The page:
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Daniel E.
Vigorous Exercise Linked With Better Grades
New York Times blog:

College students who want to boost their grades can start by boosting their level of exercise, new research suggests.

A report presented on Thursday at the American College of Sports Medicine’s 57th annual meeting in Baltimore finds that college students who regularly engage in vigorous exercise get better grades. Although a link between physical activity and higher academic achievement has been shown in middle-school students, it hasn’t been clear whether exercise is associated with better grades among older students.

To find out, researchers at Saginaw State University in Michigan tracked the grades and exercise habits of 266 undergraduates. They found that students who regularly participated in vigorous physical activity had higher G.P.A.’s.

But does exercise really boost grades — or are high academic achievers simply more likely to be higher achievers in physical activity as well?

To answer the question, the researchers controlled for a number of factors that might influence grade point average, like gender, study time and participation in college sports. They even controlled for area of study, noting that a kinesiology major, for instance, might be more likely to exercise than a student studying another subject.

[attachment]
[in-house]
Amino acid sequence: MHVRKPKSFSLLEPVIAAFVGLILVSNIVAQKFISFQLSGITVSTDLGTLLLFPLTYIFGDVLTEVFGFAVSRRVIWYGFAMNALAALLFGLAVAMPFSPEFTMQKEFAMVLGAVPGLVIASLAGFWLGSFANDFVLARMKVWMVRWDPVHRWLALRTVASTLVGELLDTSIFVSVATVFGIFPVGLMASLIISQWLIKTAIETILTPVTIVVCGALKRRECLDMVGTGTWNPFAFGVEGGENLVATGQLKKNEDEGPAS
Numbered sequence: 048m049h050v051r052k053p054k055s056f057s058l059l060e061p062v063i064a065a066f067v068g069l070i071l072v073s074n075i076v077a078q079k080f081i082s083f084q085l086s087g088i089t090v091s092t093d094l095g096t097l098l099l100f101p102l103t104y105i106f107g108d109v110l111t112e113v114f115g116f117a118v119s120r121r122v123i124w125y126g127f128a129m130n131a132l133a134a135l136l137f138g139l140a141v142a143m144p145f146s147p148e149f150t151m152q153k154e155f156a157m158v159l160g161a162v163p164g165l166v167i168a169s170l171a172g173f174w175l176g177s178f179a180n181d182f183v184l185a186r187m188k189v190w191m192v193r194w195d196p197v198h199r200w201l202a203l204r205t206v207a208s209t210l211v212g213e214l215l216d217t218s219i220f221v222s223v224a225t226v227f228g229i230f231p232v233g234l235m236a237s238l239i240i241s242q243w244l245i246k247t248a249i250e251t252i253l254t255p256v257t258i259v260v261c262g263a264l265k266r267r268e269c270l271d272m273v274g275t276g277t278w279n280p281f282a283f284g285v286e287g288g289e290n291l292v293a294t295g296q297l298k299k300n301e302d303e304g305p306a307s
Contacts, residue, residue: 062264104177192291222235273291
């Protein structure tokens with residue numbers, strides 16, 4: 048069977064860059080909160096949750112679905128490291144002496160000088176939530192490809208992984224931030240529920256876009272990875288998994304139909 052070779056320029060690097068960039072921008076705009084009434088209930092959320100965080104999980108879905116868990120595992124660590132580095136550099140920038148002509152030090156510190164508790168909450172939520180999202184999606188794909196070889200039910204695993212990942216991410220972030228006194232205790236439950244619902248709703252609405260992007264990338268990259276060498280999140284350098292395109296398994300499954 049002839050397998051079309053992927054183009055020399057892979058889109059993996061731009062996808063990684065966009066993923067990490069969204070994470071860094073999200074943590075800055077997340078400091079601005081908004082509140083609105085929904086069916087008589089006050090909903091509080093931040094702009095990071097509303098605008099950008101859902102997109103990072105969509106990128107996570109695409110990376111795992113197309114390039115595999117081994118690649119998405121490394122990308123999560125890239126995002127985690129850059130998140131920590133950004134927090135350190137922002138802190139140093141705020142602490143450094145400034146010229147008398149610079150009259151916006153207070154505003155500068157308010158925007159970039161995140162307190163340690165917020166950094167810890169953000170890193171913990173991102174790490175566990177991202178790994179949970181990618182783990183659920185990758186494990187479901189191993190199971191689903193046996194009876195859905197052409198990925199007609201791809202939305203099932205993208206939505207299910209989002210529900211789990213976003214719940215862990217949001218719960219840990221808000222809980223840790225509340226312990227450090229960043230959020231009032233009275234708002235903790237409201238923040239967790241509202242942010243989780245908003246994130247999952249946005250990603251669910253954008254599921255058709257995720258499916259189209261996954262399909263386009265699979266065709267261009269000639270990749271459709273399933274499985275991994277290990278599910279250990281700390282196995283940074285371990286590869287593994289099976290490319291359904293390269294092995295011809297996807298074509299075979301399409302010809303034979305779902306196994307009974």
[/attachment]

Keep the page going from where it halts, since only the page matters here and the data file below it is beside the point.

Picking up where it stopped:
After controlling for such variables, the findings still showed that exercise made a sizable difference in a student’s G.P.A. On a 4.0 grade scale, students who exercised vigorously seven days a week had G.P.A.’s that were, on average, 0.4 points higher than those who didn’t exercise. (The full study isn’t available online, but the American College of Sports Medicine has posted a press release about the research.)

Although the researchers controlled for the amount of time a student spends studying, earlier reports showed that students who study a lot are also more likely to exercise regularly, suggesting a high academic work ethic may also translate into a higher commitment to exercising.

Notably, a study published last year in the journal Medicine and Science in Sports and Exercise found that the more hours a student spends studying, the more likely he or she is to exercise. Compared with students who studied less than an hour per day, students who studied three or more hours a day were nearly four times more likely to participate in vigorous exercise and about three times more likely to take part in moderate physical activity. And students with G.P.A.’s of 3.5 or higher were three times more likely to participate in vigorous physical activity than students with a G.P.A. under 3.0.
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